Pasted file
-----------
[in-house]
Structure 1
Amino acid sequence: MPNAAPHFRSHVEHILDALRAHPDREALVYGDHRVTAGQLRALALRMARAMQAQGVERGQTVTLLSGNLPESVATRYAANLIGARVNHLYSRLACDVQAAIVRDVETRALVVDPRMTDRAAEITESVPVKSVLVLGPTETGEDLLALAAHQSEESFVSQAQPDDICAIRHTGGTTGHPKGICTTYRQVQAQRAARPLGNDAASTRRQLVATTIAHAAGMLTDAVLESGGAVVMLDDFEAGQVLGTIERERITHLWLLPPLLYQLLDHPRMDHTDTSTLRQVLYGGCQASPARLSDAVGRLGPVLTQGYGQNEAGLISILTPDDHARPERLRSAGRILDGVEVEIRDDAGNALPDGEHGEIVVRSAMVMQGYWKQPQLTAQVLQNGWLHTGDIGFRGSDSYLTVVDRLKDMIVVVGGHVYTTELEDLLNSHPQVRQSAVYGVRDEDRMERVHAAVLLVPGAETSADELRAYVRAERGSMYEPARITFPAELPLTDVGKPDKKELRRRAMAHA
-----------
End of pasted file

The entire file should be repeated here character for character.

[in-house]
Structure 1
Amino acid sequence: MPNAAPHFRSHVEHILDALRAHPDREALVYGDHRVTAGQLRALALRMARAMQAQGVERGQTVTLLSGNLPESVATRYAANLIGARVNHLYSRLACDVQAAIVRDVETRALVVDPRMTDRAAEITESVPVKSVLVLGPTETGEDLLALAAHQSEESFVSQAQPDDICAIRHTGGTTGHPKGICTTYRQVQAQRAARPLGNDAASTRRQLVATTIAHAAGMLTDAVLESGGAVVMLDDFEAGQVLGTIERERITHLWLLPPLLYQLLDHPRMDHTDTSTLRQVLYGGCQASPARLSDAVGRLGPVLTQGYGQNEAGLISILTPDDHARPERLRSAGRILDGVEVEIRDDAGNALPDGEHGEIVVRSAMVMQGYWKQPQLTAQVLQNGWLHTGDIGFRGSDSYLTVVDRLKDMIVVVGGHVYTTELEDLLNSHPQVRQSAVYGVRDEDRMERVHAAVLLVPGAETSADELRAYVRAERGSMYEPARITFPAELPLTDVGKPDKKELRRRAMAHA